On American and modern music: We have been conditioned to believe that if it is called “modern music”, or if the name of the composer is unknown to us, it is probably ugly and not worth our attention. Yes, there is a natural tendency to dislike the unknown, but in music, sadly, we do not even give it a chance to redeem itself. Even the late Karl Haas (from the enormously popular radio program “Adventures in Good Music”) told me that he sometimes received fan letters which warned him that if he as much as mentions the fact that he was about to play music from the Twentieth Century, the radio would be turned off immediately. This is tragic; it is cultural suicide.

I remember sadly an evening of music played by the San Diego Symphony, maybe fifteen years ago. In the first half was music by Robert Schumann, and after intermission, the conductor programmed the fabulous Concerto for Orchestra by Béla Bartók. The latter is to me one of the greatest compositions ever. Period. You can imagine my disappointment, pain, and frustration to see more than half of the audience trampling its way to Symphony Hall’s exits, just to avoid listening to Bartók in the second half! In retrospect, the program order should have been reversed.

The fact is, that there is a vast amount of modern music, a lot of it composed by Americans, which is accessible, enjoyable, even at a first hearing, and very melodious. In other words, it is what I call “listener friendly”.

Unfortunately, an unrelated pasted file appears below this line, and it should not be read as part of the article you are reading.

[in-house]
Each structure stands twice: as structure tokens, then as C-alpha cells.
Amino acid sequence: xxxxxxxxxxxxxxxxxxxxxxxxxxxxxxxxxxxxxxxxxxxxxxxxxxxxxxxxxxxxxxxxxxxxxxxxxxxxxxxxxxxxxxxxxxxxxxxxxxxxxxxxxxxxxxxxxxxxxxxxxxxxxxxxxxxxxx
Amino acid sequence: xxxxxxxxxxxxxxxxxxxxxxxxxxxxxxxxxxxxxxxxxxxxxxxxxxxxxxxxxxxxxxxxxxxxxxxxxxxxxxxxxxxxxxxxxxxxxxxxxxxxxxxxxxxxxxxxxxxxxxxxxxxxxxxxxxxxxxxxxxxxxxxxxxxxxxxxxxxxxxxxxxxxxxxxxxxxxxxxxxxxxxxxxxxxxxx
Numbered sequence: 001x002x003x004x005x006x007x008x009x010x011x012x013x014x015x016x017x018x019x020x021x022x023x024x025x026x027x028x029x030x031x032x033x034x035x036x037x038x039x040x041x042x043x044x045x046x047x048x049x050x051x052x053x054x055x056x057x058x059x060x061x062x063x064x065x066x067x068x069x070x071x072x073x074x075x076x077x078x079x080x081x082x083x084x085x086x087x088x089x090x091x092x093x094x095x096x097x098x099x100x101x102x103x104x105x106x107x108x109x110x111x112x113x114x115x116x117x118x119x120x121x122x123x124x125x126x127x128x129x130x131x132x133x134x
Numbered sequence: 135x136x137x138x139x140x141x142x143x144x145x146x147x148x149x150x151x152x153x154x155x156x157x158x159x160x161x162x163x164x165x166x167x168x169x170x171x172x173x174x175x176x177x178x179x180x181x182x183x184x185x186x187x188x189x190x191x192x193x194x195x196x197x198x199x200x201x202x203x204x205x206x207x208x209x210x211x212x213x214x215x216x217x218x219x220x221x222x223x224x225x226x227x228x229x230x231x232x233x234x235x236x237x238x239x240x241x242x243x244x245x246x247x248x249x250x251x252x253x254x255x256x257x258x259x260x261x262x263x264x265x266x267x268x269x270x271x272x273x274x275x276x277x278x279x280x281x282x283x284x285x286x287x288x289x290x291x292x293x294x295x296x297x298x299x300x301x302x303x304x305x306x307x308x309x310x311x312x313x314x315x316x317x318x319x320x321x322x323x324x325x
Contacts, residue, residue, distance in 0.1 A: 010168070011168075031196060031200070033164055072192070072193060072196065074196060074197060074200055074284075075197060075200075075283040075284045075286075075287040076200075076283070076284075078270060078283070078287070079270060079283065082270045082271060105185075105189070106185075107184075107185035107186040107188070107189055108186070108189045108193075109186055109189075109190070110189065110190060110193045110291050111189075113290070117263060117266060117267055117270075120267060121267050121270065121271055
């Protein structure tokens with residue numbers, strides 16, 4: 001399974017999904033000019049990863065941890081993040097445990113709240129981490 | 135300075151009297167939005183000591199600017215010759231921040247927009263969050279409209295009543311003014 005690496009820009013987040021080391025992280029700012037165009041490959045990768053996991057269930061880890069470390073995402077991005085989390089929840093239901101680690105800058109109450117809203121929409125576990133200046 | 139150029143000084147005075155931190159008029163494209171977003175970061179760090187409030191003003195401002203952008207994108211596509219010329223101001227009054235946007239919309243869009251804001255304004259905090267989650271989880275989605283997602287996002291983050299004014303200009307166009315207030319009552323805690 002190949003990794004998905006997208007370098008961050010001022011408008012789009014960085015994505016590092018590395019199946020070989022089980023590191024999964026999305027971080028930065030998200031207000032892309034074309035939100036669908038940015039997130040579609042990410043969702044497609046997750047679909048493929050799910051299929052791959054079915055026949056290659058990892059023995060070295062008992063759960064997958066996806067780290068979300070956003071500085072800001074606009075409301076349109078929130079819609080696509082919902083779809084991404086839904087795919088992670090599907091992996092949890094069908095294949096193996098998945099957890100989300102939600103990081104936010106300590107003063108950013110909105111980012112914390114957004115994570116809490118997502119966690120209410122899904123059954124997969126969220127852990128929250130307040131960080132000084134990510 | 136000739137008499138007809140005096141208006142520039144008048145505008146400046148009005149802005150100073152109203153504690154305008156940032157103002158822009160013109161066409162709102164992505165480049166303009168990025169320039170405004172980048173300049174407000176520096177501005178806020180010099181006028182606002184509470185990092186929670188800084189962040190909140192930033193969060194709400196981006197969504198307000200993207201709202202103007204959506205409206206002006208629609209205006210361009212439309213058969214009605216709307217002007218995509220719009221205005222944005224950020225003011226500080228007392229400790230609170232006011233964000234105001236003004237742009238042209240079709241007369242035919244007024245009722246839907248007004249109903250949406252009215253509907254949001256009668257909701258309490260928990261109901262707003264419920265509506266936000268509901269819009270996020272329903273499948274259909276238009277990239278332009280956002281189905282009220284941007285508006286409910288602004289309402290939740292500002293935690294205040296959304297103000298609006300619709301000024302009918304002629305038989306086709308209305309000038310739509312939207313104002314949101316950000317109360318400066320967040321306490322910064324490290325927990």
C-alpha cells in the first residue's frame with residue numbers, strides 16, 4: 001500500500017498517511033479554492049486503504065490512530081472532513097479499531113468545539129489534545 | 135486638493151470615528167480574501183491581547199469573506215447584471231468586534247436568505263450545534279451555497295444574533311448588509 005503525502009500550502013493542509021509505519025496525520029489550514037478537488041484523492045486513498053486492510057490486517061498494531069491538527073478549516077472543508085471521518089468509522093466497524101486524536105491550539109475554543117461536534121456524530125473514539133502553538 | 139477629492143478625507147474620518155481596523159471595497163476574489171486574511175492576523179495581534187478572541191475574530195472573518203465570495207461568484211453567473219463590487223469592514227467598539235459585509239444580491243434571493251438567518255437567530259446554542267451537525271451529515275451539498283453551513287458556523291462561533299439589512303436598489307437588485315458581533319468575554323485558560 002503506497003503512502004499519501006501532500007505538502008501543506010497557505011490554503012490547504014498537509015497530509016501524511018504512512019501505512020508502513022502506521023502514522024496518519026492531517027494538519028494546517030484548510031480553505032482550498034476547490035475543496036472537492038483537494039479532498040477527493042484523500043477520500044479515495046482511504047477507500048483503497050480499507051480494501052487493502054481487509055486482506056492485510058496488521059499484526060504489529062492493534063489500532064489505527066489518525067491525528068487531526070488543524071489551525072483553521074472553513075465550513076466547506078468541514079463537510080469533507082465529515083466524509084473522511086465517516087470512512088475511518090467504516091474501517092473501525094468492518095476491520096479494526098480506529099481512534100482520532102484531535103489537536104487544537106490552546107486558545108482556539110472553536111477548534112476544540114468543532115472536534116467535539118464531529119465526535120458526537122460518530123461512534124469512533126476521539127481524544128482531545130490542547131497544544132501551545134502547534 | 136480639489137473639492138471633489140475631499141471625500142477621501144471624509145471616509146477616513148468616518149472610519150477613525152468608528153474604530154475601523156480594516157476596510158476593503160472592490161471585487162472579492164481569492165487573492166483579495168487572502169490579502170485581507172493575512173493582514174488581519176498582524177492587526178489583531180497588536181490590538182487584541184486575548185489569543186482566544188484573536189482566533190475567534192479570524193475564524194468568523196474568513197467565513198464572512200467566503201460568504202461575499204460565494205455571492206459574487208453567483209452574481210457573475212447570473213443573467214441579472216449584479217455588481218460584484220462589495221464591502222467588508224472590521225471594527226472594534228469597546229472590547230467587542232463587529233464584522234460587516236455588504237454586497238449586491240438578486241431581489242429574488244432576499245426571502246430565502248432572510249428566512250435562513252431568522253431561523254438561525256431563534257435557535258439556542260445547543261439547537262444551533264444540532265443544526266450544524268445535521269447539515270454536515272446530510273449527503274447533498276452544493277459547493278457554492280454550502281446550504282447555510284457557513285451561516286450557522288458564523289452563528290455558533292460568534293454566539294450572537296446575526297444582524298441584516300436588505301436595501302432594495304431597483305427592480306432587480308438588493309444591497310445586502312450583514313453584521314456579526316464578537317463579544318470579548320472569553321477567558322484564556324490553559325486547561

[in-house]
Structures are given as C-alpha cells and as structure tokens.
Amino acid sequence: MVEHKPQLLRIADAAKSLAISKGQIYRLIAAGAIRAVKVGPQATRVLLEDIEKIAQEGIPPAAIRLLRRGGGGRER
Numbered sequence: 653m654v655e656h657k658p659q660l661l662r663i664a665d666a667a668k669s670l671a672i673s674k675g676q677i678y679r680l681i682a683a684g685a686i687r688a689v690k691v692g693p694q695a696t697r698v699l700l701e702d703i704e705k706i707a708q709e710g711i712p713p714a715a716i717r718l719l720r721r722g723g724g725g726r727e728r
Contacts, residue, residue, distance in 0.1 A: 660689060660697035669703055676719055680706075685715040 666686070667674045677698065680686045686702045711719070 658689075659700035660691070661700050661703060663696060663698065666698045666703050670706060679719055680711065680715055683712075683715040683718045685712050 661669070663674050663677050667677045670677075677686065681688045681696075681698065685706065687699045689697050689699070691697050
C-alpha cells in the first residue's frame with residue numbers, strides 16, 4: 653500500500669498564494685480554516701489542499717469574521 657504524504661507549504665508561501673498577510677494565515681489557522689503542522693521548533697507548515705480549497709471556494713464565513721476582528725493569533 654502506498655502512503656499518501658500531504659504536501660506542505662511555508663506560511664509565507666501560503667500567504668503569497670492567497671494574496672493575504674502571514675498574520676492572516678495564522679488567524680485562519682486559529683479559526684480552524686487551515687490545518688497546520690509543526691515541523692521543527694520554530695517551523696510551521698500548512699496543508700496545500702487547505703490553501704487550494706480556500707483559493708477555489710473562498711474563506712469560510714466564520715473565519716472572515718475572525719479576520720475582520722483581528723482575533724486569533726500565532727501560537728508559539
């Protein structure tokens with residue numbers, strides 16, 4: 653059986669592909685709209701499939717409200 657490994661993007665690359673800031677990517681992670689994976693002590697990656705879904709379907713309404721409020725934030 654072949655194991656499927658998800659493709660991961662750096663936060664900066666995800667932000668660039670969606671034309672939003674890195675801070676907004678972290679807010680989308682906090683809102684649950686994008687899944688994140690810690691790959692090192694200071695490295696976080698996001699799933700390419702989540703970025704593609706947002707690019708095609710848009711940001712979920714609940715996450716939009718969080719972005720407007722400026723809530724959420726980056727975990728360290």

After being so involved with the subject of American orchestral music (I gave a lecture on the subject to the music faculty of Hebrew University in Jerusalem), I have had many a talk with musicians, critics, and music lovers. One salient fact stands out: The American public has an inferiority complex about its own music. We tend to believe that if it originated in Europe, it is probably better, and if it is from the U.S., it will be lacking in depth and lasting value. Only history will eventually resolve this, but I have noticed in my various travels and conversations that most natives from other countries support and proudly believe in their own heritage, whether it be historic or contemporary. Audiences and musicians alike enthusiastically program and attend concerts of their own composers in Canada, Poland, Denmark, England, Mexico, and the former Soviet republics. I am sure that it is the same in many other places; but don’t get me started on Israel!